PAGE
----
Although there is some controversy in using sign language for a child with severe verbal apraxia, I found it to be extremely useful. Some experts seem to think that non-verbal children with rely only on their signs and not be motivated to speak. In our experience that wasn't the case, using sign language allowed her to communicate her needs with us and greatly reduced her frustration level.

My daughter wasn't diagnosed with apraxia until she was three. At that time she only said about thirty partial words, and they were difficult to understand. Prior to that she was in speech therapy making very little progress, and was prone to frequent outbursts due to her inability to communicate her needs.

We had much difficulty with her at mealtimes. She would point and scream at what she wanted, making for an unpleasant dining experience. Around age twenty-five months we began teaching her sign language related to meal time, such as more, milk and please. It was amazing how quickly she leaned them and how much more pleasant meal time became. Children even younger can learn sign language; I wish we would have started sooner. She very quickly knew about ten signs and became much calmer and was happy to have a way to communicated with us. In order to reenforce speech we would verbalize the word she was signing, however we would never make her say it - as she simply couldn't. A goal of learning one new sign a week could easily be achieved, and in a short period of time have a large vocabulary of signs.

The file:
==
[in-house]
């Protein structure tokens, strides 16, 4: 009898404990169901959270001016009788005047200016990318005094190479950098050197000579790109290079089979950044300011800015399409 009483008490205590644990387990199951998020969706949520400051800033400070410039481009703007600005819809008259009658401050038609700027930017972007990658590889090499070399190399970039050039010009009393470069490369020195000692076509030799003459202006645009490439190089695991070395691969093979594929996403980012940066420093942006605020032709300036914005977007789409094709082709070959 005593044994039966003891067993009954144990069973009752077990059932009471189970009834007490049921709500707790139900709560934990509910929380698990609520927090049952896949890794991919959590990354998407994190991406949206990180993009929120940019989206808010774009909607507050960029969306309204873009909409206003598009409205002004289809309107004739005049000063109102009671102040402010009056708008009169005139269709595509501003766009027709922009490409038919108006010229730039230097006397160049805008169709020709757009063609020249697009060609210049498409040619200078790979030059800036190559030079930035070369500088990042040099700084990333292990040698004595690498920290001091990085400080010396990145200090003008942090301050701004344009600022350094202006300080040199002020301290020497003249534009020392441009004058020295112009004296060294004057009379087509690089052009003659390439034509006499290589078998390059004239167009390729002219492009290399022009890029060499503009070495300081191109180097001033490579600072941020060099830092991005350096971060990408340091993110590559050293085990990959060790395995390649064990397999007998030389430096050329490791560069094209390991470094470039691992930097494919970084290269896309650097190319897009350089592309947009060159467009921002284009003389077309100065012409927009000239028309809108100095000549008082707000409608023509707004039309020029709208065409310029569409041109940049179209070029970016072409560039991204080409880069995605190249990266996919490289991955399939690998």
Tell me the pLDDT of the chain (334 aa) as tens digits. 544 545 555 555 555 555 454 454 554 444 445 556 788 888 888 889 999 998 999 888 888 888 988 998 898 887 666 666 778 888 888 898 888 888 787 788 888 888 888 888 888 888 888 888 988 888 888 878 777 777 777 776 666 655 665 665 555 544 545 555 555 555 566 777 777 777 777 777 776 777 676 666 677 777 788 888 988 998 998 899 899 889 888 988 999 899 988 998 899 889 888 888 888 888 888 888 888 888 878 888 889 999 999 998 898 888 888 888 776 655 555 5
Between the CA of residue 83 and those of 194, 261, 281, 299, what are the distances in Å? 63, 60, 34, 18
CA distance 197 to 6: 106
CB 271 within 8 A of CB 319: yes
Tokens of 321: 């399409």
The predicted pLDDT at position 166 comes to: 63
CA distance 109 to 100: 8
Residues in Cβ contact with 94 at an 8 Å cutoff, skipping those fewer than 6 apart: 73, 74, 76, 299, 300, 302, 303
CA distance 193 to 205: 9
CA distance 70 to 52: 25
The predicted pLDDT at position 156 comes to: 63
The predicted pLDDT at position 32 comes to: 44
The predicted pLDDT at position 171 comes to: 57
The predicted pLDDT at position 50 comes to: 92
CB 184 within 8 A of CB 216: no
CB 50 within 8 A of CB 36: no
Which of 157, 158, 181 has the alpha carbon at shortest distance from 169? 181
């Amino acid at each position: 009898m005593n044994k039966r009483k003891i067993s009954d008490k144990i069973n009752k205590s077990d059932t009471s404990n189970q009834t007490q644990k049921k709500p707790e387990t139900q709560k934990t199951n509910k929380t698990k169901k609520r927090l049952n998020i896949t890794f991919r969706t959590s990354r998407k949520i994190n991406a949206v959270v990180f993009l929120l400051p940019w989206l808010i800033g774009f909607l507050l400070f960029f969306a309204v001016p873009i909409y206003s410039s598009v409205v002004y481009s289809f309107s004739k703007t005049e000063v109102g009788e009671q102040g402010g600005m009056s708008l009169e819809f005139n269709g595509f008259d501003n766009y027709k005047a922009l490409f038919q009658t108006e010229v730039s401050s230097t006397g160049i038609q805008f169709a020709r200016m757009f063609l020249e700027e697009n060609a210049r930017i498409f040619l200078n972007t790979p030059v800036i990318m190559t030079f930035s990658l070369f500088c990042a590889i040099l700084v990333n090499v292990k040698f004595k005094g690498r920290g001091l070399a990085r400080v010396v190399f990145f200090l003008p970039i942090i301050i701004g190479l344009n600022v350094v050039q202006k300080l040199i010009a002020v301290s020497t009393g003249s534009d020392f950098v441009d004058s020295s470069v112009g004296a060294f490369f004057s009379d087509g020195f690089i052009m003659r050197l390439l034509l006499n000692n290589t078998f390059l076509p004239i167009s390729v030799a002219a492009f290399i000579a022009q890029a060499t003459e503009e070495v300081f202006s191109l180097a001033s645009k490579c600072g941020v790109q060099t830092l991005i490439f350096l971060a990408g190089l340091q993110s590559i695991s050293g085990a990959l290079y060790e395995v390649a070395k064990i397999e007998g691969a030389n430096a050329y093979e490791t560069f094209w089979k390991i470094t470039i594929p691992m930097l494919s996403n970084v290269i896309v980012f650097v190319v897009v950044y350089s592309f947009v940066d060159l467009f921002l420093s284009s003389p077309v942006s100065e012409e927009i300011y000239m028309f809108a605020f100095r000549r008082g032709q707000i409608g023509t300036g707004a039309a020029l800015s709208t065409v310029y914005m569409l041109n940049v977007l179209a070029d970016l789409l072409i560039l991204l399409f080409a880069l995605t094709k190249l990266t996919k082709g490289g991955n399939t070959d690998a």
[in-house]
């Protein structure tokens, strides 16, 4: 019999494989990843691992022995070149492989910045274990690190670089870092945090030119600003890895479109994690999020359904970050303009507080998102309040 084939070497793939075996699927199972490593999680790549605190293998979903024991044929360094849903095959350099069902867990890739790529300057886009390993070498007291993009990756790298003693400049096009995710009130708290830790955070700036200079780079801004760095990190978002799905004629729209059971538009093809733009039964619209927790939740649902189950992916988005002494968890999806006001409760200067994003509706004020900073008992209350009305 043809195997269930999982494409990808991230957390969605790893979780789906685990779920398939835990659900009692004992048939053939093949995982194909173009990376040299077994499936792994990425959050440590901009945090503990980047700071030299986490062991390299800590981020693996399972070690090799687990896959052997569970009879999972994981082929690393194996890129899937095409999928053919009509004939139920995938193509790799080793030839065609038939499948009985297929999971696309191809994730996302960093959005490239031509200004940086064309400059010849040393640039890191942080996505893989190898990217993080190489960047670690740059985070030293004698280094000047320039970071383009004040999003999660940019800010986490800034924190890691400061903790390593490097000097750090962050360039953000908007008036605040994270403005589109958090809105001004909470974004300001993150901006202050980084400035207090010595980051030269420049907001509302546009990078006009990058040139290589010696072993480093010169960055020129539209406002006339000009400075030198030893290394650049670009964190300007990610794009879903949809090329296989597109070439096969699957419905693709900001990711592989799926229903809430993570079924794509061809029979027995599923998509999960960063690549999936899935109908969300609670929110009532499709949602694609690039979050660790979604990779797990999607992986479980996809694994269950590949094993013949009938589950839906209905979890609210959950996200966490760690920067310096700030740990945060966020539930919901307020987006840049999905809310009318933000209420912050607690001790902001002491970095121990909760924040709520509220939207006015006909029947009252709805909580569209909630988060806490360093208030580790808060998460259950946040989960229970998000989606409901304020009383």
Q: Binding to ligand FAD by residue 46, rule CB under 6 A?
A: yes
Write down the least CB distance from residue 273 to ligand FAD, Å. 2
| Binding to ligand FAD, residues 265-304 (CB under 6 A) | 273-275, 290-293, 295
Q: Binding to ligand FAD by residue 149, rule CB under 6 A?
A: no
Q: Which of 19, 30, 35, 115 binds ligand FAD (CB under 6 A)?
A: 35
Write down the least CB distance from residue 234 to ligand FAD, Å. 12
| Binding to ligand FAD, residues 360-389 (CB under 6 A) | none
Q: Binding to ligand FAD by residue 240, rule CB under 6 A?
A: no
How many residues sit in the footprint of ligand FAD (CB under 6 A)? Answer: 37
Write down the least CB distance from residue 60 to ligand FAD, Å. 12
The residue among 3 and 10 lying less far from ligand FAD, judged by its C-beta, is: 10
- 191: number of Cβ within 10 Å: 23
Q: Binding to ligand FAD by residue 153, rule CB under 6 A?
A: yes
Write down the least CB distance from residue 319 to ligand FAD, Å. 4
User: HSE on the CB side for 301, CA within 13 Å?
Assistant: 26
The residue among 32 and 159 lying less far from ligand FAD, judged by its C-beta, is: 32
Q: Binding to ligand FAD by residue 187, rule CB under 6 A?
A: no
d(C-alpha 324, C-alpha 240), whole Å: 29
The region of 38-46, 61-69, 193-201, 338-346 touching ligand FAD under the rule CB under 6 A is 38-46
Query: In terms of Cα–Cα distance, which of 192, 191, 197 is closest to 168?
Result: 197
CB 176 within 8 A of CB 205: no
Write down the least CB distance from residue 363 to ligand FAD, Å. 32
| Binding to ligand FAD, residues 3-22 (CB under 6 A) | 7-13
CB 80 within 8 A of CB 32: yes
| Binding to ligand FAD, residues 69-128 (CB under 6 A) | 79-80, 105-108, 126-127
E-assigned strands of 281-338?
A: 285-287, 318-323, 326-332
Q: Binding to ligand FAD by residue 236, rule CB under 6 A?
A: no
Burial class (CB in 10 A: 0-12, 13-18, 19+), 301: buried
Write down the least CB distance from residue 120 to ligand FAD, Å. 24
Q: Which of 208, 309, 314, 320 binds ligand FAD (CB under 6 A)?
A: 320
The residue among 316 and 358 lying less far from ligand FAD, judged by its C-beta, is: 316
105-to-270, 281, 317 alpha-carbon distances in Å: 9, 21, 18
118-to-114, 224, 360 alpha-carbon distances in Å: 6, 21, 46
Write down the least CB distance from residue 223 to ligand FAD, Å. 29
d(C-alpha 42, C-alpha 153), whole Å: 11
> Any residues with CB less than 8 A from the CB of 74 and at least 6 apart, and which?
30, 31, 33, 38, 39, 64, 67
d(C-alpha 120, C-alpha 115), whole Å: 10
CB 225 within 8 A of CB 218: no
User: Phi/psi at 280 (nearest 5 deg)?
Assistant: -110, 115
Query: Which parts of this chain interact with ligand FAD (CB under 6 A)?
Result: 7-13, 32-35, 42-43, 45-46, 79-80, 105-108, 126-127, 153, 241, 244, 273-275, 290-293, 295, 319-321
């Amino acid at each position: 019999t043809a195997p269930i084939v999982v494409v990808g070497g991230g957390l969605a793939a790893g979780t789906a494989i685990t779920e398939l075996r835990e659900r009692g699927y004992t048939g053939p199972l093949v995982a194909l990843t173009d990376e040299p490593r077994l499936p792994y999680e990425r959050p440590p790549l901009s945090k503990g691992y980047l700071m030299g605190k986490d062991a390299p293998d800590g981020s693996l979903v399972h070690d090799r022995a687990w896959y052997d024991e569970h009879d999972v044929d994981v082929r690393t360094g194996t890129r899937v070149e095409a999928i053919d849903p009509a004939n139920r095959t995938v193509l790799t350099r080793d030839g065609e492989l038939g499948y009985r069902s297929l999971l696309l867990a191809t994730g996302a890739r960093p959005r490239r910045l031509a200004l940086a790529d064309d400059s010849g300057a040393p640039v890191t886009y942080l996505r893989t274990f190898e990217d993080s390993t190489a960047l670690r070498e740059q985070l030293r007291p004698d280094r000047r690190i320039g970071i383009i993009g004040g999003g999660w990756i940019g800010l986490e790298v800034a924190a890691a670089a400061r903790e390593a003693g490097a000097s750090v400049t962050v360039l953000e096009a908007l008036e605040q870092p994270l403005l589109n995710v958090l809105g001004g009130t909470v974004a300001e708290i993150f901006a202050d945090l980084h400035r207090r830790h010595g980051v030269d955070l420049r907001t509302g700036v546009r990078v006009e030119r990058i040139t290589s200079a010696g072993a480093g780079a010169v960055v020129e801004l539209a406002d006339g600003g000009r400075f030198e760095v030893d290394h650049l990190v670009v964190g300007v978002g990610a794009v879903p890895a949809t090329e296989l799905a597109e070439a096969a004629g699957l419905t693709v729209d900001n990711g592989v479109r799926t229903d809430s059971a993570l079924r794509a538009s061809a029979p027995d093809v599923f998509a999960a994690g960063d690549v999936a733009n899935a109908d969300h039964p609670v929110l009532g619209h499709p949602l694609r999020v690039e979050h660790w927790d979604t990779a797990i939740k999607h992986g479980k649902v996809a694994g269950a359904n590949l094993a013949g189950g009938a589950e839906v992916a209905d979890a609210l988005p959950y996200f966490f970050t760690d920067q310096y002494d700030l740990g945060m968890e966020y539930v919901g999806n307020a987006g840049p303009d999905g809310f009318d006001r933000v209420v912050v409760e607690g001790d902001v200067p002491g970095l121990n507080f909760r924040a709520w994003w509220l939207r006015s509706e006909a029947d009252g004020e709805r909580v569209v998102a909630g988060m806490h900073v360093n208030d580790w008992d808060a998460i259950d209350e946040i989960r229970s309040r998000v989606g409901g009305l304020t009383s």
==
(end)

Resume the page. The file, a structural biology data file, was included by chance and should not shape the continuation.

As she grew and learned more language, her need for signs gradually dropped away. It did not slow her progress at all in learning to speak. In fact by the time she was six she was almost fully recovered from apraxia.

Author's Bio: 

To read more about the author's daughter's amazing recovery from apraxia please visit